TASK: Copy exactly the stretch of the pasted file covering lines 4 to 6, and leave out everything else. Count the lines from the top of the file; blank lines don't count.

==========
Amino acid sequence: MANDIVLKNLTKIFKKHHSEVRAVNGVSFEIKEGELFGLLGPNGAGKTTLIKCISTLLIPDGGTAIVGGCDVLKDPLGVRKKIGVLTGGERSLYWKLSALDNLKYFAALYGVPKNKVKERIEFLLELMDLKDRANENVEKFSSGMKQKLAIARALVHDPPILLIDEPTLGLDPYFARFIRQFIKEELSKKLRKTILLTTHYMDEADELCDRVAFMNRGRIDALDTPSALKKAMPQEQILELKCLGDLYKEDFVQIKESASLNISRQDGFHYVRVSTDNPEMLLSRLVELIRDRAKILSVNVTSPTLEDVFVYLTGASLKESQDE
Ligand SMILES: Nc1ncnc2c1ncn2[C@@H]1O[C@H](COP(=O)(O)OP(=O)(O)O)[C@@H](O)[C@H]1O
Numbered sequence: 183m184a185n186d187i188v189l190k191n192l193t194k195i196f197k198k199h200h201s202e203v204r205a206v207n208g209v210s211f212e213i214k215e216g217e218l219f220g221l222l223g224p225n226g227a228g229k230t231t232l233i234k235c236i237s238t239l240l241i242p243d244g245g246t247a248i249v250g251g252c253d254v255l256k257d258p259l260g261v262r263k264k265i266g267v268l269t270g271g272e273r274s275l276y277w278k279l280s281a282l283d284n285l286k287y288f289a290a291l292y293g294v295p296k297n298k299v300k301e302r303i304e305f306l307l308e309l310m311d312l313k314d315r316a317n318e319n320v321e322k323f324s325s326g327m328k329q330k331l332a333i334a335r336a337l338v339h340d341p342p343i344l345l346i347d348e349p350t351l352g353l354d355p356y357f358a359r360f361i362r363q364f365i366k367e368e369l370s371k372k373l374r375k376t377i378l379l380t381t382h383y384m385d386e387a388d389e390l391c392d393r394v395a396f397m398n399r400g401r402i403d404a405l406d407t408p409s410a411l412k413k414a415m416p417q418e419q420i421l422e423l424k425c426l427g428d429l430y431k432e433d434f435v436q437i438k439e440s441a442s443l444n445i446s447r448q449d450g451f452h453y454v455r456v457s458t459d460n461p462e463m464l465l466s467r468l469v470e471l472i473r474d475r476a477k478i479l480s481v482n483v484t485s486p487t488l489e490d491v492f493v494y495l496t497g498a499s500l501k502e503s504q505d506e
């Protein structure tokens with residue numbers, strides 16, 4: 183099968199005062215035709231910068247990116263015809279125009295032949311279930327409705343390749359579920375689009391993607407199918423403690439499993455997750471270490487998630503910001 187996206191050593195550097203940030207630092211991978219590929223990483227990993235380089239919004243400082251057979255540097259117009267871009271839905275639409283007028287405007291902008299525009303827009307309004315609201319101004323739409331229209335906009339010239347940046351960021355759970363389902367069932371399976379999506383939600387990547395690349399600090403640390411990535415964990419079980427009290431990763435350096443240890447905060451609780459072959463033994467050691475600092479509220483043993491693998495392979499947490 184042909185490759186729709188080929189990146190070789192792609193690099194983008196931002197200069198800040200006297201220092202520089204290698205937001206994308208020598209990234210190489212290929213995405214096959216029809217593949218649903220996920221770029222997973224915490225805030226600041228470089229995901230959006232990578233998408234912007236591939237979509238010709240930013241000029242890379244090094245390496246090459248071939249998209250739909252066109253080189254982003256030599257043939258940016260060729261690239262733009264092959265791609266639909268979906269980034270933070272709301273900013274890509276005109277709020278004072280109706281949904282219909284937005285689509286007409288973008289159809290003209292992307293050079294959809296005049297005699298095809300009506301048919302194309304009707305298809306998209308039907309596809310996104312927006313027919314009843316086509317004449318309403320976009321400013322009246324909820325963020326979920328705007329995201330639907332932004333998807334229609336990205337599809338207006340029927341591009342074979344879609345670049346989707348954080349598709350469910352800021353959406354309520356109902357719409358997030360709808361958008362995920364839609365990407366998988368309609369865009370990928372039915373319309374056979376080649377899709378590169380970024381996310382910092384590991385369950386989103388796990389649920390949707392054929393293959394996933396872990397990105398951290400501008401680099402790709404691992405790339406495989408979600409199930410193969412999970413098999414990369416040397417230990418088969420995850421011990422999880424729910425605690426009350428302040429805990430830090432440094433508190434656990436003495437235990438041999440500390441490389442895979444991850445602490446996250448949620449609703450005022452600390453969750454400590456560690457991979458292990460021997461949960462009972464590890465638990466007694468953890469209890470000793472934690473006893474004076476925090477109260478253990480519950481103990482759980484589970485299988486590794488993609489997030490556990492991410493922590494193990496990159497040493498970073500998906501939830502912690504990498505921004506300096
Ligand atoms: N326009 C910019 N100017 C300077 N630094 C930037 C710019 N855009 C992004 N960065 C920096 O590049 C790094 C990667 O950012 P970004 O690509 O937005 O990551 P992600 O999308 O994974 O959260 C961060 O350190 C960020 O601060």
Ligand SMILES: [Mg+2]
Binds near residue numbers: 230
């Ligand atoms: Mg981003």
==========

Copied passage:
């Protein structure tokens with residue numbers, strides 16, 4: 183099968199005062215035709231910068247990116263015809279125009295032949311279930327409705343390749359579920375689009391993607407199918423403690439499993455997750471270490487998630503910001 187996206191050593195550097203940030207630092211991978219590929223990483227990993235380089239919004243400082251057979255540097259117009267871009271839905275639409283007028287405007291902008299525009303827009307309004315609201319101004323739409331229209335906009339010239347940046351960021355759970363389902367069932371399976379999506383939600387990547395690349399600090403640390411990535415964990419079980427009290431990763435350096443240890447905060451609780459072959463033994467050691475600092479509220483043993491693998495392979499947490 184042909185490759186729709188080929189990146190070789192792609193690099194983008196931002197200069198800040200006297201220092202520089204290698205937001206994308208020598209990234210190489212290929213995405214096959216029809217593949218649903220996920221770029222997973224915490225805030226600041228470089229995901230959006232990578233998408234912007236591939237979509238010709240930013241000029242890379244090094245390496246090459248071939249998209250739909252066109253080189254982003256030599257043939258940016260060729261690239262733009264092959265791609266639909268979906269980034270933070272709301273900013274890509276005109277709020278004072280109706281949904282219909284937005285689509286007409288973008289159809290003209292992307293050079294959809296005049297005699298095809300009506301048919302194309304009707305298809306998209308039907309596809310996104312927006313027919314009843316086509317004449318309403320976009321400013322009246324909820325963020326979920328705007329995201330639907332932004333998807334229609336990205337599809338207006340029927341591009342074979344879609345670049346989707348954080349598709350469910352800021353959406354309520356109902357719409358997030360709808361958008362995920364839609365990407366998988368309609369865009370990928372039915373319309374056979376080649377899709378590169380970024381996310382910092384590991385369950386989103388796990389649920390949707392054929393293959394996933396872990397990105398951290400501008401680099402790709404691992405790339406495989408979600409199930410193969412999970413098999414990369416040397417230990418088969420995850421011990422999880424729910425605690426009350428302040429805990430830090432440094433508190434656990436003495437235990438041999440500390441490389442895979444991850445602490446996250448949620449609703450005022452600390453969750454400590456560690457991979458292990460021997461949960462009972464590890465638990466007694468953890469209890470000793472934690473006893474004076476925090477109260478253990480519950481103990482759980484589970485299988486590794488993609489997030490556990492991410493922590494193990496990159497040493498970073500998906501939830502912690504990498505921004506300096
Ligand atoms: N326009 C910019 N100017 C300077 N630094 C930037 C710019 N855009 C992004 N960065 C920096 O590049 C790094 C990667 O950012 P970004 O690509 O937005 O990551 P992600 O999308 O994974 O959260 C961060 O350190 C960020 O601060």
Ligand SMILES: [Mg+2]